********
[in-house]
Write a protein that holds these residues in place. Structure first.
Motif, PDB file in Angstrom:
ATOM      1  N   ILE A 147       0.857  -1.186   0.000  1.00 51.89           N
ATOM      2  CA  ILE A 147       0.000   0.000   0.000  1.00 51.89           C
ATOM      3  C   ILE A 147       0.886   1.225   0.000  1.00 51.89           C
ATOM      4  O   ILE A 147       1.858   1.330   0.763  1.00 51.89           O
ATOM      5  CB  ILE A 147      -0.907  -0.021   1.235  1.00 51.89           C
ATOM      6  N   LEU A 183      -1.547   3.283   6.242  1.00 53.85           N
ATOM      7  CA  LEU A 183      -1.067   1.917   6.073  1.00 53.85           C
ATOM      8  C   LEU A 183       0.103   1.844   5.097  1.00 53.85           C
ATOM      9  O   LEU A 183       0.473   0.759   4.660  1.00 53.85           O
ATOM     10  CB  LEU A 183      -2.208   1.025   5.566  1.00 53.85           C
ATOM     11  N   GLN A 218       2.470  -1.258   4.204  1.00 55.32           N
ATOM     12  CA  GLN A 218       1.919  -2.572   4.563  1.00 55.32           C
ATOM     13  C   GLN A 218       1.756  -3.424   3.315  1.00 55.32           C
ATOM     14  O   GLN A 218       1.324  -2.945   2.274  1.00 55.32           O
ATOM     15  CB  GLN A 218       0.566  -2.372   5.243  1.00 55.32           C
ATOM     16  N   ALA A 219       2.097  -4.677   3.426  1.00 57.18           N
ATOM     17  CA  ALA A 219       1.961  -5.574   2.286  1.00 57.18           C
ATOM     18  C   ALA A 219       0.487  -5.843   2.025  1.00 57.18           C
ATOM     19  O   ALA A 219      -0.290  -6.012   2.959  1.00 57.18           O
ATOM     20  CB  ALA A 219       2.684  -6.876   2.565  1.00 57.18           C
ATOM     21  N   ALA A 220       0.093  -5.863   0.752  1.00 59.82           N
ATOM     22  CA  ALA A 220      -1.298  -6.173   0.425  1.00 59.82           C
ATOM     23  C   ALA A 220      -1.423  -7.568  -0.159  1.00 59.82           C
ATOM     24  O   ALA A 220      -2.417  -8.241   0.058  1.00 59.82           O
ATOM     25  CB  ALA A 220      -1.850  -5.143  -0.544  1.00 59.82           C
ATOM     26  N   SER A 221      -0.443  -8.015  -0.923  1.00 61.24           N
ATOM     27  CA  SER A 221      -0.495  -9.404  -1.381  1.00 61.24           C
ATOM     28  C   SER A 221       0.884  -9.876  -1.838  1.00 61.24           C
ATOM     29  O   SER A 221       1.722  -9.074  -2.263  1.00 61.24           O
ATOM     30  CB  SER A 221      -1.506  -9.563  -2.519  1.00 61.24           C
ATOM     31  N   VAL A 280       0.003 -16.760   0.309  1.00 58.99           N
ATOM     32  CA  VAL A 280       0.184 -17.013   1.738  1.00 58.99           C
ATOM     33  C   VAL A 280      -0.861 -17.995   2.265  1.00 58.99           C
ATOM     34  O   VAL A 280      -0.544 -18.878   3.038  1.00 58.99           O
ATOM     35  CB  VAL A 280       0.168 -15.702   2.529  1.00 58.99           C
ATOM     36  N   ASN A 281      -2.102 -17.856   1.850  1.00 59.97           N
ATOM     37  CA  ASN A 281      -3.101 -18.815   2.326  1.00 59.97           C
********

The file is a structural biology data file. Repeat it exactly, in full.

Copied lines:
[in-house]
Write a protein that holds these residues in place. Structure first.
Motif, PDB file in Angstrom:
ATOM      1  N   ILE A 147       0.857  -1.186   0.000  1.00 51.89           N
ATOM      2  CA  ILE A 147       0.000   0.000   0.000  1.00 51.89           C
ATOM      3  C   ILE A 147       0.886   1.225   0.000  1.00 51.89           C
ATOM      4  O   ILE A 147       1.858   1.330   0.763  1.00 51.89           O
ATOM      5  CB  ILE A 147      -0.907  -0.021   1.235  1.00 51.89           C
ATOM      6  N   LEU A 183      -1.547   3.283   6.242  1.00 53.85           N
ATOM      7  CA  LEU A 183      -1.067   1.917   6.073  1.00 53.85           C
ATOM      8  C   LEU A 183       0.103   1.844   5.097  1.00 53.85           C
ATOM      9  O   LEU A 183       0.473   0.759   4.660  1.00 53.85           O
ATOM     10  CB  LEU A 183      -2.208   1.025   5.566  1.00 53.85           C
ATOM     11  N   GLN A 218       2.470  -1.258   4.204  1.00 55.32           N
ATOM     12  CA  GLN A 218       1.919  -2.572   4.563  1.00 55.32           C
ATOM     13  C   GLN A 218       1.756  -3.424   3.315  1.00 55.32           C
ATOM     14  O   GLN A 218       1.324  -2.945   2.274  1.00 55.32           O
ATOM     15  CB  GLN A 218       0.566  -2.372   5.243  1.00 55.32           C
ATOM     16  N   ALA A 219       2.097  -4.677   3.426  1.00 57.18           N
ATOM     17  CA  ALA A 219       1.961  -5.574   2.286  1.00 57.18           C
ATOM     18  C   ALA A 219       0.487  -5.843   2.025  1.00 57.18           C
ATOM     19  O   ALA A 219      -0.290  -6.012   2.959  1.00 57.18           O
ATOM     20  CB  ALA A 219       2.684  -6.876   2.565  1.00 57.18           C
ATOM     21  N   ALA A 220       0.093  -5.863   0.752  1.00 59.82           N
ATOM     22  CA  ALA A 220      -1.298  -6.173   0.425  1.00 59.82           C
ATOM     23  C   ALA A 220      -1.423  -7.568  -0.159  1.00 59.82           C
ATOM     24  O   ALA A 220      -2.417  -8.241   0.058  1.00 59.82           O
ATOM     25  CB  ALA A 220      -1.850  -5.143  -0.544  1.00 59.82           C
ATOM     26  N   SER A 221      -0.443  -8.015  -0.923  1.00 61.24           N
ATOM     27  CA  SER A 221      -0.495  -9.404  -1.381  1.00 61.24           C
ATOM     28  C   SER A 221       0.884  -9.876  -1.838  1.00 61.24           C
ATOM     29  O   SER A 221       1.722  -9.074  -2.263  1.00 61.24           O
ATOM     30  CB  SER A 221      -1.506  -9.563  -2.519  1.00 61.24           C
ATOM     31  N   VAL A 280       0.003 -16.760   0.309  1.00 58.99           N
ATOM     32  CA  VAL A 280       0.184 -17.013   1.738  1.00 58.99           C
ATOM     33  C   VAL A 280      -0.861 -17.995   2.265  1.00 58.99           C
ATOM     34  O   VAL A 280      -0.544 -18.878   3.038  1.00 58.99           O
ATOM     35  CB  VAL A 280       0.168 -15.702   2.529  1.00 58.99           C
ATOM     36  N   ASN A 281      -2.102 -17.856   1.850  1.00 59.97           N
ATOM     37  CA  ASN A 281      -3.101 -18.815   2.326  1.00 59.97           C